Allow group app-group to use vnics in compartment network
Allow group app-group to use subnets in compartment network
Allow group app-group to use private-ips in compartment network
Allow group app-group to use public-ips in compartment network

The group app-group contains the OKE management users. This group is given permission to control instance, cluster, and volume resources in the app compartment, while only using preallocated resources in the network compartment.

Other use cases, such as using OCI Vault or the File Storage Service, potentially require more policy statements. We tested with a simple setup that used compute resources and persistent volumes.

Step 4: Creating the OKE cluster in the app compartment

After you complete steps 1–3, step 4 is easy. When creating an OKE cluster in the Oracle Cloud Console, follow the Custom create flow.

Your cluster goes into the app compartment:

A screenshot of the Create Custom Cluster page with a blue arrow pointing to the compartment field.

On the second page, click the Change Compartment link three times to switch to the network compartment and select the correct subnet.

If you’re creating a cluster with a public endpoint, even though the “Assign a public IP address to the API endpoint” selector is optional, if you don’t check it your, cluster fails because the CCM looks for a public endpoint to configure the cluster. The cluster creation error you get is difficult to correlate. So, if placing your API endpoint in a public subnet, don’t forget to click this checkbox.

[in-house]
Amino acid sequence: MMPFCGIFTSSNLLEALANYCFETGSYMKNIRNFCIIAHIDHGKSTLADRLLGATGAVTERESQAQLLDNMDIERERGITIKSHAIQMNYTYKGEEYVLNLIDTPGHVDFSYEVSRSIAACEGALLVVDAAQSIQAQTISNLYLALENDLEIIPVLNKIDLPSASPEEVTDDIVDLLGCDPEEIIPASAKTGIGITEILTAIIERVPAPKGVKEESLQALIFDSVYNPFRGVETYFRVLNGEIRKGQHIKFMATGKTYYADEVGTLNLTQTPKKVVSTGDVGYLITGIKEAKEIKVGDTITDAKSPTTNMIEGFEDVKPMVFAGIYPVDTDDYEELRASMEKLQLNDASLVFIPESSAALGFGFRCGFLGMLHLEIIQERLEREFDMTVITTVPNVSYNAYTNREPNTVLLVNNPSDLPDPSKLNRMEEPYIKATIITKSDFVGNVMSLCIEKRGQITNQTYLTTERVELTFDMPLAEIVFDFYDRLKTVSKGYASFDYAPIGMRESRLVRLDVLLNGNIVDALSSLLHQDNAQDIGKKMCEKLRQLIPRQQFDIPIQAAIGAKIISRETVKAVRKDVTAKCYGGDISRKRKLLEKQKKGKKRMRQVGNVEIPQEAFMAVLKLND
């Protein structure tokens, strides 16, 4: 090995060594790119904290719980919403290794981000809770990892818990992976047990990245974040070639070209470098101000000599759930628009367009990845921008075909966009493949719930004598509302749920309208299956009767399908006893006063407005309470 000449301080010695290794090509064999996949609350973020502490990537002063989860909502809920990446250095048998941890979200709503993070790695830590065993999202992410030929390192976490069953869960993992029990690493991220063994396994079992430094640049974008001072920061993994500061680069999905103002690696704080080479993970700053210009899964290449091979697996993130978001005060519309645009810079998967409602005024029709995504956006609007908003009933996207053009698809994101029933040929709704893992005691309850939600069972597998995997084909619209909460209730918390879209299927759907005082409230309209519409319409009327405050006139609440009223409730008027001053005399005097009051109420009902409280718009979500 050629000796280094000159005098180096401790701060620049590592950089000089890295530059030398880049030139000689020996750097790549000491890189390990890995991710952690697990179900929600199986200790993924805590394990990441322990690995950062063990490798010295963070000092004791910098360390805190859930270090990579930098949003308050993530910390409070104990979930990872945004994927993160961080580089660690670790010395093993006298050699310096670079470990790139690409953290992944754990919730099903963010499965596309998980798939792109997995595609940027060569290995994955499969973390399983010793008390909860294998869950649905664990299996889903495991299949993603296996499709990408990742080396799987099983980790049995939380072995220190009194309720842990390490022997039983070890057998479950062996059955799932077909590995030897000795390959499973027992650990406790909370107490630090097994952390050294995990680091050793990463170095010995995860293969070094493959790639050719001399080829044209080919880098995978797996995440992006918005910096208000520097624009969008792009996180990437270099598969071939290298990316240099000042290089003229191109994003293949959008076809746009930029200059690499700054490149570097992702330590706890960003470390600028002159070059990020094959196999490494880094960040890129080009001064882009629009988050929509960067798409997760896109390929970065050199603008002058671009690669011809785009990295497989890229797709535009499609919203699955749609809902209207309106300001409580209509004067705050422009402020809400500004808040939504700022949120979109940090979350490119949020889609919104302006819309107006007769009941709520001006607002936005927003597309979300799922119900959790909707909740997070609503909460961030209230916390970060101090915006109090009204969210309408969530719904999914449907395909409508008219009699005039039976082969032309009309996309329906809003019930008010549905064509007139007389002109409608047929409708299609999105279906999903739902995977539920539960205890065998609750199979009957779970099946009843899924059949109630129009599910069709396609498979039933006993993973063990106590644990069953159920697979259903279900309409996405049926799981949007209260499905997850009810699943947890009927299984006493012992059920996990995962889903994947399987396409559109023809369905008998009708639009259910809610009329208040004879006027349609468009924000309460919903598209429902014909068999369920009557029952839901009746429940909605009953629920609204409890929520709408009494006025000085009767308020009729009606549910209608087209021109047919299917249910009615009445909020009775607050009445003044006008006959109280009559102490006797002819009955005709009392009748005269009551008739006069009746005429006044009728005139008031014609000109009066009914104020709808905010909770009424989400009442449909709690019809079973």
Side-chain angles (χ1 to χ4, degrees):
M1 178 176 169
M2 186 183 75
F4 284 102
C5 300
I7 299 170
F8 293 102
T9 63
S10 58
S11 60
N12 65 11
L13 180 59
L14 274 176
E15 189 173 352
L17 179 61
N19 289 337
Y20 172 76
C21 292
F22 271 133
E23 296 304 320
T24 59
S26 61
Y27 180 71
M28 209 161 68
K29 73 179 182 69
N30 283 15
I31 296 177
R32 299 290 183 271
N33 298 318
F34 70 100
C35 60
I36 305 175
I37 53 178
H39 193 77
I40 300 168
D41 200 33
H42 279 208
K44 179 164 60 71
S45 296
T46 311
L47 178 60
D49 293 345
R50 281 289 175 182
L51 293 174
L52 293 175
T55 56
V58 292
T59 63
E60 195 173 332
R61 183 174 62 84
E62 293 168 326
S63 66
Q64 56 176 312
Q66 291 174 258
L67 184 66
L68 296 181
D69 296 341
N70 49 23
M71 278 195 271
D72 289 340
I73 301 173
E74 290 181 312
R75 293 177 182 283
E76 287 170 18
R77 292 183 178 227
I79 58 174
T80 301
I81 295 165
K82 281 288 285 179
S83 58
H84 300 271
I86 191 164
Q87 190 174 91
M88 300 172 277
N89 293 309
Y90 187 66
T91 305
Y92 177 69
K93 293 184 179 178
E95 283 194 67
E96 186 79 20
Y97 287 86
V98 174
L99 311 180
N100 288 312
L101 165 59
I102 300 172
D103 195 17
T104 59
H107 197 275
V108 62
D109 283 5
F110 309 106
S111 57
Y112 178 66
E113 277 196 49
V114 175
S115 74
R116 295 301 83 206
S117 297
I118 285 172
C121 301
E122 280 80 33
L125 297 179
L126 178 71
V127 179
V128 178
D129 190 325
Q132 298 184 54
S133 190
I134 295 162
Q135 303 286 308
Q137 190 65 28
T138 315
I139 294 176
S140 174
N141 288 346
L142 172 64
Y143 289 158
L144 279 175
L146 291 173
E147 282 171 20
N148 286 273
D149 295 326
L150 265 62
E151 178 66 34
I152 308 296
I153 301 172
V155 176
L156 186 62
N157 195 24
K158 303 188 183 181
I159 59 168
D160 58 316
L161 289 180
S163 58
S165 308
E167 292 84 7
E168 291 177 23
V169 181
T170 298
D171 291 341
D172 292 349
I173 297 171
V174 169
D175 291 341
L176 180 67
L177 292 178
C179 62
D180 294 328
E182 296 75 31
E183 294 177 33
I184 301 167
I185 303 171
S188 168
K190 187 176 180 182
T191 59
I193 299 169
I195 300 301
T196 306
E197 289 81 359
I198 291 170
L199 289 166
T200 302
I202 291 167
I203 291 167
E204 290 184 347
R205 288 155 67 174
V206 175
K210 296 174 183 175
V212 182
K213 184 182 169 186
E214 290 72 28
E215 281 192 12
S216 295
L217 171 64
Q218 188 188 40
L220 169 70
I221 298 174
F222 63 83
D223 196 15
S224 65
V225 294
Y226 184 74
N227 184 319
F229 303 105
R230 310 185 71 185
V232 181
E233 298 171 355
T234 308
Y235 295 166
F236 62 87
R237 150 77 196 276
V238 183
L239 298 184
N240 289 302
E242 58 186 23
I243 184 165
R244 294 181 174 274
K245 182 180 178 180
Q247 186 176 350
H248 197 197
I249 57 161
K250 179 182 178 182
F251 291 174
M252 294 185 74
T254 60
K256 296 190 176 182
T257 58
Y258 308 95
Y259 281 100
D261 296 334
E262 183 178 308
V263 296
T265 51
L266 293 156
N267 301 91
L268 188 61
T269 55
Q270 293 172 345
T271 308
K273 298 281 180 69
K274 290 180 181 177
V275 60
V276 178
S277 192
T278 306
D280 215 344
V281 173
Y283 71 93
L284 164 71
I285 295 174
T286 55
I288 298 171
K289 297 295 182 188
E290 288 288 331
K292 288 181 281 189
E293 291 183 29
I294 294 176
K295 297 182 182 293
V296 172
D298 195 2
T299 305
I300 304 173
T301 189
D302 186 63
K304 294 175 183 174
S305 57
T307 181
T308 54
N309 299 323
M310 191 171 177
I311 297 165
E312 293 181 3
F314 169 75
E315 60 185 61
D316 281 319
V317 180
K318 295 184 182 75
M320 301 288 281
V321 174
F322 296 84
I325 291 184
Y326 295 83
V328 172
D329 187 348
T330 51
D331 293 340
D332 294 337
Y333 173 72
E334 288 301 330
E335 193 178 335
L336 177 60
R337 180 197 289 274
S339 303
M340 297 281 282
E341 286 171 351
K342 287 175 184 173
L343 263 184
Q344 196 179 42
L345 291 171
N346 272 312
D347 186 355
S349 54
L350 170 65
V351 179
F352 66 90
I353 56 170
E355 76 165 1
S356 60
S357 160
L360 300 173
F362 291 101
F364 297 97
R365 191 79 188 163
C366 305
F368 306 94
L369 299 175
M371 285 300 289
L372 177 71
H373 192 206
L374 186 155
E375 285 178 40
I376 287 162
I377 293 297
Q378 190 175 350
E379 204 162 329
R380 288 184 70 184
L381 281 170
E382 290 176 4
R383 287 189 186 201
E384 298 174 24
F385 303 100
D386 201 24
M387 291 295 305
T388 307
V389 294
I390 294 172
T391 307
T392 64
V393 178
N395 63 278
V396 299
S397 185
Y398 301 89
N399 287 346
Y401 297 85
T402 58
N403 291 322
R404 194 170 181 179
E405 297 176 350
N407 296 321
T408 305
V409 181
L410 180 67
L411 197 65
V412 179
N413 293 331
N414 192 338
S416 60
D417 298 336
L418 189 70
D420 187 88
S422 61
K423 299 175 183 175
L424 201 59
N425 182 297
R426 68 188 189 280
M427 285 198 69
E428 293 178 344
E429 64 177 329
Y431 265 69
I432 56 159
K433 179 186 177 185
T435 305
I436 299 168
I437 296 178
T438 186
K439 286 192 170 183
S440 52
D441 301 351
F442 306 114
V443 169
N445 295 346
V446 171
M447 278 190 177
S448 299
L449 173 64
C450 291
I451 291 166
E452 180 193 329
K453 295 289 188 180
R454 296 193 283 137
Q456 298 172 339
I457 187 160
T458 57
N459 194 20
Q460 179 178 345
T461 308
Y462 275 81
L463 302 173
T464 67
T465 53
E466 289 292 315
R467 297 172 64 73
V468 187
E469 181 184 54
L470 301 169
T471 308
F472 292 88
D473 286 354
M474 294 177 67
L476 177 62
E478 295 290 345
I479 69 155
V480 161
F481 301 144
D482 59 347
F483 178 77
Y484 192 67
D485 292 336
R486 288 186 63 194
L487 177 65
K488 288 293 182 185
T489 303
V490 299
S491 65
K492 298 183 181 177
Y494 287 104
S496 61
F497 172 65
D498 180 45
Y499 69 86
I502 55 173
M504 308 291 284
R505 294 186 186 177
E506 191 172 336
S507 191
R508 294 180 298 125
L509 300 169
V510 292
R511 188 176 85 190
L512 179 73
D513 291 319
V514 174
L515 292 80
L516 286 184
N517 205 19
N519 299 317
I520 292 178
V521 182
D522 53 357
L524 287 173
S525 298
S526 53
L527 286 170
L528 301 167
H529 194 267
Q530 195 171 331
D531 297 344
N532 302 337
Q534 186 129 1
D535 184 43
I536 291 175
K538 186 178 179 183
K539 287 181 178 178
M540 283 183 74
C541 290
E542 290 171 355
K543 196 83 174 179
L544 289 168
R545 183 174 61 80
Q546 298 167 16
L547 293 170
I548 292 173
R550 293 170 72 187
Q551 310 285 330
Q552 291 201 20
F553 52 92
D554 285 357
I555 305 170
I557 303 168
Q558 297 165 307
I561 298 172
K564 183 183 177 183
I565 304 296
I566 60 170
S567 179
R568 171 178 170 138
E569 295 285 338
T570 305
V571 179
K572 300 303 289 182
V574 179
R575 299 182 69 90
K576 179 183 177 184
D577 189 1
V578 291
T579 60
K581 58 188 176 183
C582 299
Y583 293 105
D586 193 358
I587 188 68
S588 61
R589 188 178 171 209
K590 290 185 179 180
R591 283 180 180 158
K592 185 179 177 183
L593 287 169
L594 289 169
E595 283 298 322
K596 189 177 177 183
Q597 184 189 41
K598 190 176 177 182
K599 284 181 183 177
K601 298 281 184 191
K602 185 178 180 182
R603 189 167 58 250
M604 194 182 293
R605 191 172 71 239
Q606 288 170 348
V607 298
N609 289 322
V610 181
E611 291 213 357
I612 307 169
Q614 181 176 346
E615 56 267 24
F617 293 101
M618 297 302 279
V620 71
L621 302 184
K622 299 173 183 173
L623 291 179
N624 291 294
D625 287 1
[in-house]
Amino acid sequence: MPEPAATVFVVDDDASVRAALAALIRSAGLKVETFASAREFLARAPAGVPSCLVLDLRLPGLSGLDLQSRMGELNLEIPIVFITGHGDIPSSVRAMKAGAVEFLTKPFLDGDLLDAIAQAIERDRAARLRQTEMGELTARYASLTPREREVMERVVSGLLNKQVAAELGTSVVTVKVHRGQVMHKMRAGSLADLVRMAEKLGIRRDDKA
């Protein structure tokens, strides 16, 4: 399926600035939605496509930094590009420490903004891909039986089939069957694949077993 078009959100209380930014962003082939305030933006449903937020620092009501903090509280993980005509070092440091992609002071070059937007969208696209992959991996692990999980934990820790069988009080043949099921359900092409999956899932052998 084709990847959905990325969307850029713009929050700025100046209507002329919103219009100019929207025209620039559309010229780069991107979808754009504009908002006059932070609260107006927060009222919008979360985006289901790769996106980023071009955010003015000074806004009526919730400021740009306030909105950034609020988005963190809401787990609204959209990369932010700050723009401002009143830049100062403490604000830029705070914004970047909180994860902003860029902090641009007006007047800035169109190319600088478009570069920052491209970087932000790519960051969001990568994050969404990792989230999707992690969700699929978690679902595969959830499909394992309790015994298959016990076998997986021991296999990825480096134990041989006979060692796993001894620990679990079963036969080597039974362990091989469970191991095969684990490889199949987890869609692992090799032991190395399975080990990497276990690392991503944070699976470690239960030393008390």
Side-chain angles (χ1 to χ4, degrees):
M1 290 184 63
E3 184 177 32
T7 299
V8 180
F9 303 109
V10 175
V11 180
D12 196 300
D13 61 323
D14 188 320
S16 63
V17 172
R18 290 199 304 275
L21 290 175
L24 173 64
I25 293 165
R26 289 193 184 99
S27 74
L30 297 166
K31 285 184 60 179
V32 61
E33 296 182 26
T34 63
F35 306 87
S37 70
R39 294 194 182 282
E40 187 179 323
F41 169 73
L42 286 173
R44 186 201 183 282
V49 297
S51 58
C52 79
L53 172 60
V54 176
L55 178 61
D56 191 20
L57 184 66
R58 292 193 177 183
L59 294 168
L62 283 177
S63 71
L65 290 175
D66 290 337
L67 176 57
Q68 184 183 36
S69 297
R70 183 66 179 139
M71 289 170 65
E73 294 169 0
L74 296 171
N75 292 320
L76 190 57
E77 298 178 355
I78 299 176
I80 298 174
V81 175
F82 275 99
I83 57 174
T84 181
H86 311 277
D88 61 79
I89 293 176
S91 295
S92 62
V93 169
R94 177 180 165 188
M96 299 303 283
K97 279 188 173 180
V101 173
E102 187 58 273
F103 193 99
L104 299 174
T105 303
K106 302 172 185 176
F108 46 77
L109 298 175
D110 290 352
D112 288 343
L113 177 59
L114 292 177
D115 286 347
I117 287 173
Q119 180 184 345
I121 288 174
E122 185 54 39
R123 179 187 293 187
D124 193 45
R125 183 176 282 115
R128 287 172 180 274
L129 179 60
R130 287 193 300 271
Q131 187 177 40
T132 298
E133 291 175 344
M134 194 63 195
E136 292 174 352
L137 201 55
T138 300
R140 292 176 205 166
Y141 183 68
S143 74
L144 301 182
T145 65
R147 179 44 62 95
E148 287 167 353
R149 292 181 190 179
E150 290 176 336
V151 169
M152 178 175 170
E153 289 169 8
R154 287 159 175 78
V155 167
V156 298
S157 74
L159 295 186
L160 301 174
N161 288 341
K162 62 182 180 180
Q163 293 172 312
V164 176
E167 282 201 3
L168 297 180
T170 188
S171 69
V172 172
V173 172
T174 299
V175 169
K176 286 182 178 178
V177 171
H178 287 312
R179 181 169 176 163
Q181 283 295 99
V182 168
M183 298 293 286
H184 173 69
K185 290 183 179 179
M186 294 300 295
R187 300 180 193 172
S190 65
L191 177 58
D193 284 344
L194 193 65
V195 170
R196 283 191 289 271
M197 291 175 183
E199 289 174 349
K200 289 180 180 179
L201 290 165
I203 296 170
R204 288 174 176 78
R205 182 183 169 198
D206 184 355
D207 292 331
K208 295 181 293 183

A screenshot of the Network Setup tab with blue arrows pointing to the VCN, Kubernetes service LB subnets, and Kubernetes API endpoint subnet in network and the option to assign a public IP address to the API endpoint.

On the third page, your node pools stay in your app compartment:

A screenshot of the Node Pools tab with a bluw arrow pointing to the compartment field.

While your placement configuration and pod communication sections require you to click the Change Compartment link, switch to your network compartment and select the appropriate subnets that you created in Step 1.

On the final review page, approve the cluster creation and that's it! Within a few minutes, you have a fully functioning cluster to start deploying your workloads to.


Deploying an OKE cluster with native pod networking into a CIS-compliant Oracle Cloud Infrastructure landing zone can be tricky. We hope that, by following the steps in this blog, you can avoid some of the pitfalls that others have faced when getting this production-grade configuration up and running.

Ed Shnekendorf

Distinguished Cloud Architect

Ed Shnekendorf is a Distinguished Cloud Architect with Oracle Cloud Infrastructure

Ty Stahl

Cloud Security Architect

Sherwood Zern

Product Manager / Strategy